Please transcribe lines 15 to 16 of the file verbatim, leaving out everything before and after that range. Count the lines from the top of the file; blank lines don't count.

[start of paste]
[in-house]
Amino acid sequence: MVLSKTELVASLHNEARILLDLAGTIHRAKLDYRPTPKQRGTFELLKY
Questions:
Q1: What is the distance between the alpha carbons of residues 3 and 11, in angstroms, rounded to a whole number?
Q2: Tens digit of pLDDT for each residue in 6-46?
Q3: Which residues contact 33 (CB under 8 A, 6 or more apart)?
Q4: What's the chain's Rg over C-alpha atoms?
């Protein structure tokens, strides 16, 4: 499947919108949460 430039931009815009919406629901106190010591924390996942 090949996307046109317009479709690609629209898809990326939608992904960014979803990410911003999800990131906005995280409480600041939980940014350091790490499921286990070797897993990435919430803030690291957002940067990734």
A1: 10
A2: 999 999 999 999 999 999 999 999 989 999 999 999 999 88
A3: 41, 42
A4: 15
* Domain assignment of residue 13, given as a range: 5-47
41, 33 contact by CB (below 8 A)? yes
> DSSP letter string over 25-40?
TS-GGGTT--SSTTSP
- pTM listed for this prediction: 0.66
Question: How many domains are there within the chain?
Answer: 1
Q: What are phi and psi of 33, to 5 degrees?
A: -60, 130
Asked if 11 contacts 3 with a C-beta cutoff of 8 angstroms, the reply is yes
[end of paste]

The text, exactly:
> DSSP letter string over 25-40?
TS-GGGTT--SSTTSP